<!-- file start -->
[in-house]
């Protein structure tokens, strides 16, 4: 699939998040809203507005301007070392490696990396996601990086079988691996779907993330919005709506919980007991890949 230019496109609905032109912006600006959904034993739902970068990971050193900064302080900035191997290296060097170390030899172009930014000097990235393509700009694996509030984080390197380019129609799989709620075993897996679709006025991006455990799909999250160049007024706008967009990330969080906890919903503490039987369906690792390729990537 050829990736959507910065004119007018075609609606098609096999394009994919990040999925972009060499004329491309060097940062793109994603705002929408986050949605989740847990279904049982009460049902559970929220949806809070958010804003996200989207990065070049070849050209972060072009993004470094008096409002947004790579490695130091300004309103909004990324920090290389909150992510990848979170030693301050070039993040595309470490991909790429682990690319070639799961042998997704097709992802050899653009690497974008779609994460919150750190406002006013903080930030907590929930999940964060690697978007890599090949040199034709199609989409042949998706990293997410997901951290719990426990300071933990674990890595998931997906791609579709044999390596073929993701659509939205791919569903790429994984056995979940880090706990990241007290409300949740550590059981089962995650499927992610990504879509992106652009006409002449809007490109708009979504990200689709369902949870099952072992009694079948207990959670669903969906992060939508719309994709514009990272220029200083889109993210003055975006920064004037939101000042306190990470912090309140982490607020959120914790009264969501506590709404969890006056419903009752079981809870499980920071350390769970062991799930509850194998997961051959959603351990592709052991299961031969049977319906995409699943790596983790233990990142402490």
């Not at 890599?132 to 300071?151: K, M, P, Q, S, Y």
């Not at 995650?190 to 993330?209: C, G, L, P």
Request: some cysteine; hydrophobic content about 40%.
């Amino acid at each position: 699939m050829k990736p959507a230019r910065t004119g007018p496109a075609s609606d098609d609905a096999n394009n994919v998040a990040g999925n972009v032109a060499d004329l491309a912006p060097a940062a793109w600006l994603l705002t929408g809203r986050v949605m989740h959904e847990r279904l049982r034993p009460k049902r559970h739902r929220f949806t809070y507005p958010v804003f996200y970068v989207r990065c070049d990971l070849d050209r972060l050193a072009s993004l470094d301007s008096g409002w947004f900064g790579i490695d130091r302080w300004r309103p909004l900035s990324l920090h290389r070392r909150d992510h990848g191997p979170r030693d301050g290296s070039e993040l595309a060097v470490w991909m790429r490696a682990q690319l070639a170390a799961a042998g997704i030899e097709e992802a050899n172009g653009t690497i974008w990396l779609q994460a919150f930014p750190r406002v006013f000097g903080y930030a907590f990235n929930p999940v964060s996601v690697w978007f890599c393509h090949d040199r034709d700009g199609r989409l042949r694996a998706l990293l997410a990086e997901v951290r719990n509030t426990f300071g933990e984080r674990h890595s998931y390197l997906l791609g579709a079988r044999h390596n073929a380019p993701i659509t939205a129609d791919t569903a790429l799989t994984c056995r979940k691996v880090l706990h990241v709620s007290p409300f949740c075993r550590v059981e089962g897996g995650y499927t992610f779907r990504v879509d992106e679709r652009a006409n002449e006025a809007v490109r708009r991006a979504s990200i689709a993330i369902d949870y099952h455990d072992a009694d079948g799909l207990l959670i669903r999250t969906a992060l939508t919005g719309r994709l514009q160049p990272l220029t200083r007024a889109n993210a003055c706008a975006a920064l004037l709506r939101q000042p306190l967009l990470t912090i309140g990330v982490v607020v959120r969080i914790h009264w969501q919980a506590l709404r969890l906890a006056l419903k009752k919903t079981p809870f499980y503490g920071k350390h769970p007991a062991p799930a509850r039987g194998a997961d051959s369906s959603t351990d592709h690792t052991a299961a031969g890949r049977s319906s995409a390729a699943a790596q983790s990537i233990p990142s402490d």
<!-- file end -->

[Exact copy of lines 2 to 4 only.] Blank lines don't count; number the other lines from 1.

């Protein structure tokens, strides 16, 4: 699939998040809203507005301007070392490696990396996601990086079988691996779907993330919005709506919980007991890949 230019496109609905032109912006600006959904034993739902970068990971050193900064302080900035191997290296060097170390030899172009930014000097990235393509700009694996509030984080390197380019129609799989709620075993897996679709006025991006455990799909999250160049007024706008967009990330969080906890919903503490039987369906690792390729990537 050829990736959507910065004119007018075609609606098609096999394009994919990040999925972009060499004329491309060097940062793109994603705002929408986050949605989740847990279904049982009460049902559970929220949806809070958010804003996200989207990065070049070849050209972060072009993004470094008096409002947004790579490695130091300004309103909004990324920090290389909150992510990848979170030693301050070039993040595309470490991909790429682990690319070639799961042998997704097709992802050899653009690497974008779609994460919150750190406002006013903080930030907590929930999940964060690697978007890599090949040199034709199609989409042949998706990293997410997901951290719990426990300071933990674990890595998931997906791609579709044999390596073929993701659509939205791919569903790429994984056995979940880090706990990241007290409300949740550590059981089962995650499927992610990504879509992106652009006409002449809007490109708009979504990200689709369902949870099952072992009694079948207990959670669903969906992060939508719309994709514009990272220029200083889109993210003055975006920064004037939101000042306190990470912090309140982490607020959120914790009264969501506590709404969890006056419903009752079981809870499980920071350390769970062991799930509850194998997961051959959603351990592709052991299961031969049977319906995409699943790596983790233990990142402490």
């Not at 890599?132 to 300071?151: K, M, P, Q, S, Y």
């Not at 995650?190 to 993330?209: C, G, L, P």